Workplaces which score highly on our index of technological competency are over three times more likely to train than those that rank zero on the competency index. The size of the workplace is also a factor. Large and medium-sized workplaces are 3 and 2.3 times more likely to train than small workplaces, respectively. And workplaces with higher-skilled workforces are more likely to train than workplaces with lower-skilled workforces.

    For workplaces that choose to train, their technological competency is the main determinant of training intensity. The size of the workplace, the average cost of training, and the skill level of the workforce are also influential factors'but to a lesser extent. Other factors, such as sector, outside sources of funding, and unionization status, are not influential factors in determining the intensity of training. Workplaces that have a higher average cost of training train fewer employees as a proportion of their workforce. However, the skill level of their employees moderates this effect, because as payroll-per-employee increases (a proxy for worker skills), plants train more.

    Release date: 2005-01-25

  • Stats in brief: 88-001-X20040097861
    Description:

    The statistics in this bulletin are derived from the 2002 survey of industrial R&D activities in Canada, which covers firms spending a million dollars or more on the performance or funding of R&D in Canada, and from the administrative data of the Canada Customs and Revenue Agency (CCRA) for firms which spend less than a million dollars on the performance or funding of R&D in Canada. The use of CCRA data results in a small understatement in total figures for the most recent years reported and this is explained in the note on Methodology on page 9. The 2002 survey conducted in 2003 collects data on actual R&D spending in 2002, on preliminary figures for 2003, and on spending intentions for 2004.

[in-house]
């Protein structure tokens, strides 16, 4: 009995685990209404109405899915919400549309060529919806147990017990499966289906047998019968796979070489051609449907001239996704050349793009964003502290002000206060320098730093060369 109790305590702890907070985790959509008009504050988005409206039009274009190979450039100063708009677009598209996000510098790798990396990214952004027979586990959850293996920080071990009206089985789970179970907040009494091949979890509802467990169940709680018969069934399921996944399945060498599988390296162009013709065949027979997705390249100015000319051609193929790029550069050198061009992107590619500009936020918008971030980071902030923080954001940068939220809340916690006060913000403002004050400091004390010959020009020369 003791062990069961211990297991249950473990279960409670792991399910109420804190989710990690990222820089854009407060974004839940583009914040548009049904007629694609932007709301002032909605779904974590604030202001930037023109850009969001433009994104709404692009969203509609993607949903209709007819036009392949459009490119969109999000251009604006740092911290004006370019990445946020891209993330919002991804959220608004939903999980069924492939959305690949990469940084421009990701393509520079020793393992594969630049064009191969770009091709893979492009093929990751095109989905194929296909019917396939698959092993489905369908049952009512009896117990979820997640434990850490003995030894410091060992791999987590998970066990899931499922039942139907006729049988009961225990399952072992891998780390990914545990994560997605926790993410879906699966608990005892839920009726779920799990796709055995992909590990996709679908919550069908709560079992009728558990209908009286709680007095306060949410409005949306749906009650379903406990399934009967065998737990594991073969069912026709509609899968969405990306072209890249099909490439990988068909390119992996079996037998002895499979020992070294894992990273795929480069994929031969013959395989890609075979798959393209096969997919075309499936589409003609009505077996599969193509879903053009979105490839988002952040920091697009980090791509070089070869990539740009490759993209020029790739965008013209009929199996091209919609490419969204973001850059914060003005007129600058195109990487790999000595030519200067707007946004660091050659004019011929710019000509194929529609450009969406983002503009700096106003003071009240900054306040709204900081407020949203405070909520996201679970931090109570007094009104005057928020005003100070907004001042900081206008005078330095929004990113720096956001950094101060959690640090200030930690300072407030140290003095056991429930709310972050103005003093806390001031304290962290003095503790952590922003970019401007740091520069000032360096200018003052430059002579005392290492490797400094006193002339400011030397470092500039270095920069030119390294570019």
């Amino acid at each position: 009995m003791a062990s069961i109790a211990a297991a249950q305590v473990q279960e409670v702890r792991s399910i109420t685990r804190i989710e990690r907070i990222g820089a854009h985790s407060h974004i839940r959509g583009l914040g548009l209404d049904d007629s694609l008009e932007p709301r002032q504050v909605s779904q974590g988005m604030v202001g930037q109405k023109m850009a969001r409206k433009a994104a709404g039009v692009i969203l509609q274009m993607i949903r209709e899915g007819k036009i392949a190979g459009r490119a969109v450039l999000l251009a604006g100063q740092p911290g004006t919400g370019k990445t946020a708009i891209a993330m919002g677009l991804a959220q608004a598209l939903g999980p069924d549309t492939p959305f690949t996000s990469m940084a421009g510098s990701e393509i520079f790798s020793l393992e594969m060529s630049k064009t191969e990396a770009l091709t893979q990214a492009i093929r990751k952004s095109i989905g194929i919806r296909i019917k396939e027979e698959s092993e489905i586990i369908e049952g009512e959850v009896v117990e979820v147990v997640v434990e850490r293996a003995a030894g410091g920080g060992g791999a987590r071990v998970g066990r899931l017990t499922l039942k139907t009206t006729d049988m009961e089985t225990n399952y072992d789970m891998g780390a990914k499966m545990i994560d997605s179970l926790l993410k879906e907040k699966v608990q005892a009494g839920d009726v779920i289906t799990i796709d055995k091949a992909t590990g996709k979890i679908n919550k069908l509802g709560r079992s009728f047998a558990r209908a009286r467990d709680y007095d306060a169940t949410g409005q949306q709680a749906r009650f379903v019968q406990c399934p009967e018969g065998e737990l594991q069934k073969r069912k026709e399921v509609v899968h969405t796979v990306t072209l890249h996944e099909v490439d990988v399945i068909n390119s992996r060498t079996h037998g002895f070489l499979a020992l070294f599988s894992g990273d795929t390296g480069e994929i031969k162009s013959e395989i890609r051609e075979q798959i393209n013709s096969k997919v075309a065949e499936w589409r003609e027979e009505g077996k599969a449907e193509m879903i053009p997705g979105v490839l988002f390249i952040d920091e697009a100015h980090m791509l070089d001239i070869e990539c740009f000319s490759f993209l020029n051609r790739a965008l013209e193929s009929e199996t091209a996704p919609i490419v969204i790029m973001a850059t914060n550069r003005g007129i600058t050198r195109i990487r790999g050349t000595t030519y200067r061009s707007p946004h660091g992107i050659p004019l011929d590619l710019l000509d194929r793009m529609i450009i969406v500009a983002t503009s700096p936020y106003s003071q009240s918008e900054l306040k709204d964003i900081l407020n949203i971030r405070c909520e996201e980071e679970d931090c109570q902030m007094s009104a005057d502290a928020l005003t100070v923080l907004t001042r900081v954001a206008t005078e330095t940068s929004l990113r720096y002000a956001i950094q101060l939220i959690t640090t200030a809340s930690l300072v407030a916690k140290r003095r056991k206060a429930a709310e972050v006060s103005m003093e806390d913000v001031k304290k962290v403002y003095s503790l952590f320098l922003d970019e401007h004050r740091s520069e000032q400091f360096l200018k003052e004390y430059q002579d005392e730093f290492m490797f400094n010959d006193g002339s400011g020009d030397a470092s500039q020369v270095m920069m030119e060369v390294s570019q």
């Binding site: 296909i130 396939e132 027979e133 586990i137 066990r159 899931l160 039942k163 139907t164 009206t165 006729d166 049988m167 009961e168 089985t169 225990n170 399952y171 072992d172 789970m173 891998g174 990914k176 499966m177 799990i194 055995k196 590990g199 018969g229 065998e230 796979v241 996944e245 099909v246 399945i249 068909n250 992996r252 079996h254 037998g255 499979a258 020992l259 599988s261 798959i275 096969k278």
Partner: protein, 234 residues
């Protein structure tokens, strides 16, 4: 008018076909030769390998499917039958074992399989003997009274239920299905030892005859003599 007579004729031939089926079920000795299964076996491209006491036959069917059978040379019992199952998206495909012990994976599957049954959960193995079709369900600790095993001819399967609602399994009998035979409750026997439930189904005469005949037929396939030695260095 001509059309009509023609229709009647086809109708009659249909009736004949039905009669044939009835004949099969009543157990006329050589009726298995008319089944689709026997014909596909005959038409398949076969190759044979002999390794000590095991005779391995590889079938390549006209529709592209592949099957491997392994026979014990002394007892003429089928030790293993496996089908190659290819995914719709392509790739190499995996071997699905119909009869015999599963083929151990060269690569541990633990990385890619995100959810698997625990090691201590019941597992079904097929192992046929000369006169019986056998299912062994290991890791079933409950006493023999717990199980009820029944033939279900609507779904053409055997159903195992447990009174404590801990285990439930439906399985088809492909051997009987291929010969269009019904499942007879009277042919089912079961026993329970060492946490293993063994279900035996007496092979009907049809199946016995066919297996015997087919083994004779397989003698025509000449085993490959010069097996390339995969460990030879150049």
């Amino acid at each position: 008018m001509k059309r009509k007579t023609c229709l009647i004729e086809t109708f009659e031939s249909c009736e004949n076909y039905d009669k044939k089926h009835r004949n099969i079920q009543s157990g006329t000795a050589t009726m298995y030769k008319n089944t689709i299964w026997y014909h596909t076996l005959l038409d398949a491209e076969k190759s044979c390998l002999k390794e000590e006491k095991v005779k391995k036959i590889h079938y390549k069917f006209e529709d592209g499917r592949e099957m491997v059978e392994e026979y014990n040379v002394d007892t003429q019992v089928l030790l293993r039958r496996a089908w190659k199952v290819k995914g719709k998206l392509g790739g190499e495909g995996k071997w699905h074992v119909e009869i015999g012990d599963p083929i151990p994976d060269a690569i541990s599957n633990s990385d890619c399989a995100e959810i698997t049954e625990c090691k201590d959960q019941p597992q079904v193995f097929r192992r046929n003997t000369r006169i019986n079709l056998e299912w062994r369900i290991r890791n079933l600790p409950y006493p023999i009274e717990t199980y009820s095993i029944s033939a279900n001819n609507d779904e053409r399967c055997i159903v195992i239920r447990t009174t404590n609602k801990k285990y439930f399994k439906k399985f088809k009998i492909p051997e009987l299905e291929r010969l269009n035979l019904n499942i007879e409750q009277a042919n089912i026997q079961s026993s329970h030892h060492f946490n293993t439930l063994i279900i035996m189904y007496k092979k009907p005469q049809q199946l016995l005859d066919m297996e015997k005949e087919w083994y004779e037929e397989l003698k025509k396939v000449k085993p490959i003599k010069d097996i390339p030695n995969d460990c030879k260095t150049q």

Release date: 2004-08-05

  • Articles and reports: 21-601-M2003065
    Description:

    This paper investigates the key characteristics of the farm operators and farm businesses that influence computer use.

    Release date: 2003-12-17
Data (1)

Data (1) ((1 result))

  • Public use microdata: 12M0014X
    Geography: Province or territory
    Description: This report presents a brief overview of the information collected in Cycle 14 of the General Social Survey (GSS). Cycle 14 is the first cycle to collect detailed information on access to and use of information communication technology in Canada. Topics include general use of technology and computers, technology in the workplace, development of computer skills, frequency of Internet and E-mail use, non-users and security and information on the Internet. The target population of the GSS is all individuals aged 15 and over living in a private household in one of the ten provinces.
    Release date: 2001-06-29
Analysis (16)

Analysis (16) (0 to 10 of 16 results)

  • Articles and reports: 22-20-0001
    Description: Digital Insights brings together a variety of data from across Statistics Canada and other sources to provide insights and analysis on the digital economy and society in Canada. The topics covered include: e-commerce, digital trade, cyber security and cybercrime, and the impacts of Internet and other technology use on the Canadian economy and society.
    Release date: 2024-05-21

  • Stats in brief: 89-28-0001202200100004
    Description: International Women’s Day (IWD), March 8, 2023, is an opportunity to highlight the status of progress made towards achieving gender equality, as well as celebrate women’s and girls’ social, economic, cultural, and political contributions and achievements. Using data from a number of Statistics Canada publications, this article highlights diverse groups of women’s access to and use of the Internet, as well as their representation in certain fields of study and occupations related to digital technologies.
    Release date: 2023-03-08

  • Articles and reports: 18-001-X2022001
    Description:

    Monitoring traffic in large urban areas remains a challenge for both practical and technical reasons. This paper presents a computer vision-based system to periodically extract vehicle counts from Canadian traffic camera imagery.

    Release date: 2022-09-06

  • Stats in brief: 45-28-0001202000100033
    Description:

    Over the past few decades, computer technology has gradually changed workplaces, leading to a reduction of routine and manual job tasks, and an increase in non-routine, cognitive tasks. More recent developments in artificial intelligence and machine learning could be even more far-reaching, as they are designed to execute tasks that were traditionally considered non-automatable.

    Release date: 2020-06-29

  • Articles and reports: 11F0019M2020011
    Description: